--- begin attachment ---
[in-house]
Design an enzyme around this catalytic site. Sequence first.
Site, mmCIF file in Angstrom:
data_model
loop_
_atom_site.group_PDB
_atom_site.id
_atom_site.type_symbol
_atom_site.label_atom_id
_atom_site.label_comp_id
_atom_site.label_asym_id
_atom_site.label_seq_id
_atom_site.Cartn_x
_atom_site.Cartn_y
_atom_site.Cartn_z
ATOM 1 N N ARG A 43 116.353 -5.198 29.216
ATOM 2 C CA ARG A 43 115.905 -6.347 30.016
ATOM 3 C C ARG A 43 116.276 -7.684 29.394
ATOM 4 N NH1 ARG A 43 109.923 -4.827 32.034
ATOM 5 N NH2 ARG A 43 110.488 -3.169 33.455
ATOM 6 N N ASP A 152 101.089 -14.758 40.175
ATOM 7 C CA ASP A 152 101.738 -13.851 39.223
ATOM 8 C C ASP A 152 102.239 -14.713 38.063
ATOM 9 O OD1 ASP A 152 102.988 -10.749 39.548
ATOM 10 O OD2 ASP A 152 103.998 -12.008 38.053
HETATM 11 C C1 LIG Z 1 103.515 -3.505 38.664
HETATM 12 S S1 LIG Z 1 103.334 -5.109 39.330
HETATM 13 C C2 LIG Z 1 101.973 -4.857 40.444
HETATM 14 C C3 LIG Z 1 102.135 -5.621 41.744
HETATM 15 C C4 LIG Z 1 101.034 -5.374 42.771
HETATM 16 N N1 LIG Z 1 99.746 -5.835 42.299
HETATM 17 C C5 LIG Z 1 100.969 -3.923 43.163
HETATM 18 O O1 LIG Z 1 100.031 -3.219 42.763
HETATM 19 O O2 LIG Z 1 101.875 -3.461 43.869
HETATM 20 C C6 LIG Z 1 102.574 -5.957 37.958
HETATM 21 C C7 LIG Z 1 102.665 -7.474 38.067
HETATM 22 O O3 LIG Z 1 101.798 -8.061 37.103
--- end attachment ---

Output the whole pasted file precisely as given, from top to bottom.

[in-house]
Design an enzyme around this catalytic site. Sequence first.
Site, mmCIF file in Angstrom:
data_model
loop_
_atom_site.group_PDB
_atom_site.id
_atom_site.type_symbol
_atom_site.label_atom_id
_atom_site.label_comp_id
_atom_site.label_asym_id
_atom_site.label_seq_id
_atom_site.Cartn_x
_atom_site.Cartn_y
_atom_site.Cartn_z
ATOM 1 N N ARG A 43 116.353 -5.198 29.216
ATOM 2 C CA ARG A 43 115.905 -6.347 30.016
ATOM 3 C C ARG A 43 116.276 -7.684 29.394
ATOM 4 N NH1 ARG A 43 109.923 -4.827 32.034
ATOM 5 N NH2 ARG A 43 110.488 -3.169 33.455
ATOM 6 N N ASP A 152 101.089 -14.758 40.175
ATOM 7 C CA ASP A 152 101.738 -13.851 39.223
ATOM 8 C C ASP A 152 102.239 -14.713 38.063
ATOM 9 O OD1 ASP A 152 102.988 -10.749 39.548
ATOM 10 O OD2 ASP A 152 103.998 -12.008 38.053
HETATM 11 C C1 LIG Z 1 103.515 -3.505 38.664
HETATM 12 S S1 LIG Z 1 103.334 -5.109 39.330
HETATM 13 C C2 LIG Z 1 101.973 -4.857 40.444
HETATM 14 C C3 LIG Z 1 102.135 -5.621 41.744
HETATM 15 C C4 LIG Z 1 101.034 -5.374 42.771
HETATM 16 N N1 LIG Z 1 99.746 -5.835 42.299
HETATM 17 C C5 LIG Z 1 100.969 -3.923 43.163
HETATM 18 O O1 LIG Z 1 100.031 -3.219 42.763
HETATM 19 O O2 LIG Z 1 101.875 -3.461 43.869
HETATM 20 C C6 LIG Z 1 102.574 -5.957 37.958
HETATM 21 C C7 LIG Z 1 102.665 -7.474 38.067
HETATM 22 O O3 LIG Z 1 101.798 -8.061 37.103